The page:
Sometimes, my pronunciation of the first word is confounded with that of the second word. For instance, when I asked my friend from Brunei whether she would “take a taxi” to her hotel, instead of pronouncing it as tāk tak-sē, as it supposed to be, I pronounced it as tak ‘tak- sē (thanks to Merriam-Webster’s dictionary for the pronunciation guide). Whoopsie, I made the wrong punctuation when saying “take.” That’s just one example.
Aside from my language acquisition method, what are the other factors causing this wide pronunciation gap? Why is it difficult to speak in a foreign tongue? Yesterday, I was speaking to University of Indonesia (UI) Cultural School linguistics department lecturer, Mohammad Umar Muslim, who is an expert on geographical linguistics, for a different article on the evolution of the Indonesian language, literacy as well as literary tradition. And, bam, all of a sudden I got an insight.
He said Indonesian and English languages were different in a sense that in the refined spelling of the Indonesian language, finalized in 1972, linguists made an effort to synchronize the spelling and pronunciation of our words. In the English language, however, the spelling of a word does not correspond with its pronunciation. Like, you don’t pronounce the word make as má-ké (as in the slang usage of Indonesian word memakai; to use, pronounced as it is written), or the London gal and her husband will laugh at you. You pronounce it as \ māk \, which is very different from how it is written on a page.
This is why a lot of people find it difficult to pronounce certain words in English correctly, with the right punctuation and nasal breath control.
“As long as people can comprehend what you say, don’t worry too much about accents,” my copy editor friend advised. Indeed, linguist Ronald Macaulay writes in his 1994 book The Social Art: Language and its Uses that the human ear is an amazing organ as it is capable of differentiating an infinite variation of sounds and tones, accommodating different dialects and accents. In the melting pot global world we live in today, it is beautiful to be exposed to the same language being spoken in many different dialects and variations.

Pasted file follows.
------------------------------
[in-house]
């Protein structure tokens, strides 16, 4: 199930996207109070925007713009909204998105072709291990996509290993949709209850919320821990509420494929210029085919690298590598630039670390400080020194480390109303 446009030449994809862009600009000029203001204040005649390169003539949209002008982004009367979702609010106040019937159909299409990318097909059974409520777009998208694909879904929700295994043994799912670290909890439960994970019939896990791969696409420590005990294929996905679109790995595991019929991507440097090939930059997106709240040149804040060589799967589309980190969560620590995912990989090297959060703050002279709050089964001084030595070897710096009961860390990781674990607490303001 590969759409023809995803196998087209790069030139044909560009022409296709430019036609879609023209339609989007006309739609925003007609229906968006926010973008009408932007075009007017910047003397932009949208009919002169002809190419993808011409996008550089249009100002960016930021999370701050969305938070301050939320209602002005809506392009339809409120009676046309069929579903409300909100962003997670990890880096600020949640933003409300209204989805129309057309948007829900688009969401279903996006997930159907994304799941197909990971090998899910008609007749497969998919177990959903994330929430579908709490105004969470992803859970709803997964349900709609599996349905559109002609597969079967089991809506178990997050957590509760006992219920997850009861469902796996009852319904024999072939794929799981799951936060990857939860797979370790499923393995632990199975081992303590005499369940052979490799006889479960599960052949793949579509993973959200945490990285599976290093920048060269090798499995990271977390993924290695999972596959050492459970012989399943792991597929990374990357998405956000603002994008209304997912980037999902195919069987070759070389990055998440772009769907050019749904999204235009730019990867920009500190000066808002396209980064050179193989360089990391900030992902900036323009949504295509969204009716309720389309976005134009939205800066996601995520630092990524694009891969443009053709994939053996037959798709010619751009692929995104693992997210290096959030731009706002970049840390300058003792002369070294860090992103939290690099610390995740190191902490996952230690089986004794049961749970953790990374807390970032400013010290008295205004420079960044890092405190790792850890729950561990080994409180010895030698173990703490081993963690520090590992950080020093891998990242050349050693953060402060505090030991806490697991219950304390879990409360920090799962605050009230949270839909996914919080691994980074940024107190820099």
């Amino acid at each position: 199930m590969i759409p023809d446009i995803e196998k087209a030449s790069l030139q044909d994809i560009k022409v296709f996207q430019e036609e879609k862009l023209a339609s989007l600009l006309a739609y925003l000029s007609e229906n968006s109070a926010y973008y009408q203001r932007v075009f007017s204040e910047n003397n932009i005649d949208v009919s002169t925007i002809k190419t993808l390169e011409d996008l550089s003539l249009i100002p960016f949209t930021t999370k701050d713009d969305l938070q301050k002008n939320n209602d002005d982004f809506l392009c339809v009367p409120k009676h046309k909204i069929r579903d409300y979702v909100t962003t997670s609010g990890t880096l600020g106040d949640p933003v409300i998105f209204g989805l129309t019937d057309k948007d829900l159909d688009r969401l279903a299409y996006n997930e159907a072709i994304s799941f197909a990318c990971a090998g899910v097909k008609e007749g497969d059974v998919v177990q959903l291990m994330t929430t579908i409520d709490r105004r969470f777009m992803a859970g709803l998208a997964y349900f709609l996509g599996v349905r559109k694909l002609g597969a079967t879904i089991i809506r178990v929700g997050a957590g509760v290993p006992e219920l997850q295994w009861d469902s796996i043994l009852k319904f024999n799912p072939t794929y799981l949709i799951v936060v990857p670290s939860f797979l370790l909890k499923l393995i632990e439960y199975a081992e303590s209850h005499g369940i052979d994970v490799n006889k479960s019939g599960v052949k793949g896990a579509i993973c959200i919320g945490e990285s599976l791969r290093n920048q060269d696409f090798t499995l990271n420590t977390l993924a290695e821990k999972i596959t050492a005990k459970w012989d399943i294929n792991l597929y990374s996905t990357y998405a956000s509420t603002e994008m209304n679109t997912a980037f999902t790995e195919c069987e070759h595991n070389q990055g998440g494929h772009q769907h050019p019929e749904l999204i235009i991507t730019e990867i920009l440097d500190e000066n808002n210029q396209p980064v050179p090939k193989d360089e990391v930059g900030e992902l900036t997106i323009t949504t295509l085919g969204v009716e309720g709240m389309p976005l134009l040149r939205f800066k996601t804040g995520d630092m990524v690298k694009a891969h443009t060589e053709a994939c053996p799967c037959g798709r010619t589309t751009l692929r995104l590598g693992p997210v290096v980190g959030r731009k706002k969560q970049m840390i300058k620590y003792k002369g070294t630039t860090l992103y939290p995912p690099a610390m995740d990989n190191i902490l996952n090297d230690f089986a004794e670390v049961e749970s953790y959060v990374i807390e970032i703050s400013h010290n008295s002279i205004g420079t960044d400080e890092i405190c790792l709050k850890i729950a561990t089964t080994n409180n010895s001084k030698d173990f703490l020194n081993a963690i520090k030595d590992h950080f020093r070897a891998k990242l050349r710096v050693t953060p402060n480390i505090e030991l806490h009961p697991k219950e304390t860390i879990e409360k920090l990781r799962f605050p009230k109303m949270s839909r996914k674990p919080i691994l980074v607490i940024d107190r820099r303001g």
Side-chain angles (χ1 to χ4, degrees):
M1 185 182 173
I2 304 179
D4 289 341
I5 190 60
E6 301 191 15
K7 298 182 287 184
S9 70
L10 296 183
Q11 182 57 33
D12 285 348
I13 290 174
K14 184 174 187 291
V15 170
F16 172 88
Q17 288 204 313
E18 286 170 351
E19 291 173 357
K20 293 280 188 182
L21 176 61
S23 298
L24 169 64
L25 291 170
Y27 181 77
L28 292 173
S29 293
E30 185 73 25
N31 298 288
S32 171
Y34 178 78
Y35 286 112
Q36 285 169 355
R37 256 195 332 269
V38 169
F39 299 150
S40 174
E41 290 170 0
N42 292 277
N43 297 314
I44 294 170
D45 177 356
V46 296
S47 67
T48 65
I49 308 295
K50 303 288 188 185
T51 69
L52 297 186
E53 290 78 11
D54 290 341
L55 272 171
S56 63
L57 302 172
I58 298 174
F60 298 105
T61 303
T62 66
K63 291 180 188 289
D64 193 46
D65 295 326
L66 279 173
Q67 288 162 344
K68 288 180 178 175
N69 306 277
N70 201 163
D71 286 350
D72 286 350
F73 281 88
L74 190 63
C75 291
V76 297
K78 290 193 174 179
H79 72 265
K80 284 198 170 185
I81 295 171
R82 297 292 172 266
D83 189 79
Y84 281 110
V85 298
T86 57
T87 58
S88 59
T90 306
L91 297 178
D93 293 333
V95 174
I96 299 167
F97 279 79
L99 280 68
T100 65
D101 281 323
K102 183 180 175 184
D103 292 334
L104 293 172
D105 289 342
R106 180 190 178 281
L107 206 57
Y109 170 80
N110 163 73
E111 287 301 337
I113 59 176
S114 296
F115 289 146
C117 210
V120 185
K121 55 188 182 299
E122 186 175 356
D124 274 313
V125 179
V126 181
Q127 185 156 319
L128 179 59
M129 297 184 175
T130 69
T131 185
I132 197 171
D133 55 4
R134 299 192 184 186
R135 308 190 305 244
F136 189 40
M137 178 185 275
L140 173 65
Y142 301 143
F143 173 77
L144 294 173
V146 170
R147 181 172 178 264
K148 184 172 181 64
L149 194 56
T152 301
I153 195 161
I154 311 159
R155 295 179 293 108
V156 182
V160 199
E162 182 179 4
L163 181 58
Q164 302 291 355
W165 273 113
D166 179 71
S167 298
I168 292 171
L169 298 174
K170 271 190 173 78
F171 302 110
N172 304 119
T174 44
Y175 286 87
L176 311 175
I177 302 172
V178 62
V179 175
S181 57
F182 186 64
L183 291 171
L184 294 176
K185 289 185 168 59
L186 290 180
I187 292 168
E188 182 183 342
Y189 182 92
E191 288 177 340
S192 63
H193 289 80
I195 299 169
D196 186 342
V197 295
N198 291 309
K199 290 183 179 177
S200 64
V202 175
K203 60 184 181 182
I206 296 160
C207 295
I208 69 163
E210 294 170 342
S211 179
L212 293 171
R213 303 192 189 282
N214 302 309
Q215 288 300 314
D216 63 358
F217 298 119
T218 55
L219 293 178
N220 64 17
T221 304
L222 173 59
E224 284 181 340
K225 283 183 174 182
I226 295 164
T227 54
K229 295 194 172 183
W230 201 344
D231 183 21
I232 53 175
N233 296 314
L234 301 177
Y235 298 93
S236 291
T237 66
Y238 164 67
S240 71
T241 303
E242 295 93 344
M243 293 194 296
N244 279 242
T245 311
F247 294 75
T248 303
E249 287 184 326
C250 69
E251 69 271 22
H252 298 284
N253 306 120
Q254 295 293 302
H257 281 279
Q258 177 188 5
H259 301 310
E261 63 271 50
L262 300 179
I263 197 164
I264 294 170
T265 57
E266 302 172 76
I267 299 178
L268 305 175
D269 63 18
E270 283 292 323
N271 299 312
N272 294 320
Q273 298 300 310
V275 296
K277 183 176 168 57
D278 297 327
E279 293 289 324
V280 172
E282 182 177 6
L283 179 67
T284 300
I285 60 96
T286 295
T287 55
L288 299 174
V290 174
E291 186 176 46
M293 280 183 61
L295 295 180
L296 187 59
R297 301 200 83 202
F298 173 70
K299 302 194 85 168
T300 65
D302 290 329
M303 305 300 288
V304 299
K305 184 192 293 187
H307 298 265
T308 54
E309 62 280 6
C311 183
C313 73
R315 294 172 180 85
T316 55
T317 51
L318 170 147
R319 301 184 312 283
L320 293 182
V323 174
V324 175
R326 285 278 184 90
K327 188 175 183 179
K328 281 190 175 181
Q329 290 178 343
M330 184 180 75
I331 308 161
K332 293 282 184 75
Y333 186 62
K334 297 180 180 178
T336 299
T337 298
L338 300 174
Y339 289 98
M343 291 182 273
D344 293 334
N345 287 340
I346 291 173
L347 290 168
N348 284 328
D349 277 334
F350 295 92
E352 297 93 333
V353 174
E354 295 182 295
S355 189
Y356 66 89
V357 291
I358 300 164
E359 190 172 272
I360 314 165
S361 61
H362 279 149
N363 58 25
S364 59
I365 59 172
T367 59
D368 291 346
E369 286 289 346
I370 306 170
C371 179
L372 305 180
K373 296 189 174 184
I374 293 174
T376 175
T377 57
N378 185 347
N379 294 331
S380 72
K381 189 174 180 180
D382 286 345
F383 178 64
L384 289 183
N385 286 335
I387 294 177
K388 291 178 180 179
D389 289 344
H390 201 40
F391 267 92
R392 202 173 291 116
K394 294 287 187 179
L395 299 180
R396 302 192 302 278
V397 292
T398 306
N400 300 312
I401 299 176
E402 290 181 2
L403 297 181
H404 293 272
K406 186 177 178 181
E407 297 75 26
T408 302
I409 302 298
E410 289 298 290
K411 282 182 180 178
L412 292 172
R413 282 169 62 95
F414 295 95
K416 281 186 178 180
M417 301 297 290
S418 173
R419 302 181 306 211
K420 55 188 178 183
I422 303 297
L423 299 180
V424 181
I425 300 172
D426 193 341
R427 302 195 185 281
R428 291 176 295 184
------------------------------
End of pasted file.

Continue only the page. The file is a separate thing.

Here, I would also like to encourage people to acquire a foreign language, no matter their age, and not to be discouraged by the snobbish grammar and accent police officers out there. Learning takes process and acquiring a foreign language can be a fun thing.
A rendering of the Museum MACAN facade.
COURTESY MUSEUM MACAN
A new institution in Jakarta, Indonesia, will be the country’s first museum focused on international modern and contemporary art. Set to open in early 2017, Museum MACAN, which stands for Museum of Modern and Contemporary Art in Nusantara, will take over a 43,000-square-foot space near the center of the Indonesian capital, and will put on shows culled from the 800-work collection of its founder and bankroller, businessman Haryanto Adikoesoemo.
Dr. Thomas J. Berghuis, the former curator of Chinese art at the Guggenheim in New York, will serve as the new museum’s first director.
“Jakarta is one of the most dynamic artistic centers in the world, and Indonesia has long been home to countless talented and experimental artists working in all genres,” Adikoesoemo said in a press release. “I am delighted to be able to provide the public with the kind of high-caliber arts institution that Indonesia deserves, and to support and expand the existing creative industries and diverse artistic communities. Museum MACAN aims to fill a void in Indonesia, and is committed to exchange with other museums, and to strengthening the network of cultural institutions and artists in the area that are creating an increasingly vibrant and supportive environment for the arts and culture across Southeast Asia and beyond.”
In addition to a comprehensive selection of work by modern and contemporary Indonesian artists, Adikoesoemo’s collection includes work by Robert Rauschenberg, Ed Ruscha, Andy Warhol, Gerhard Richter, Anish Kapoor, Jeff Koons, and Frank Stella.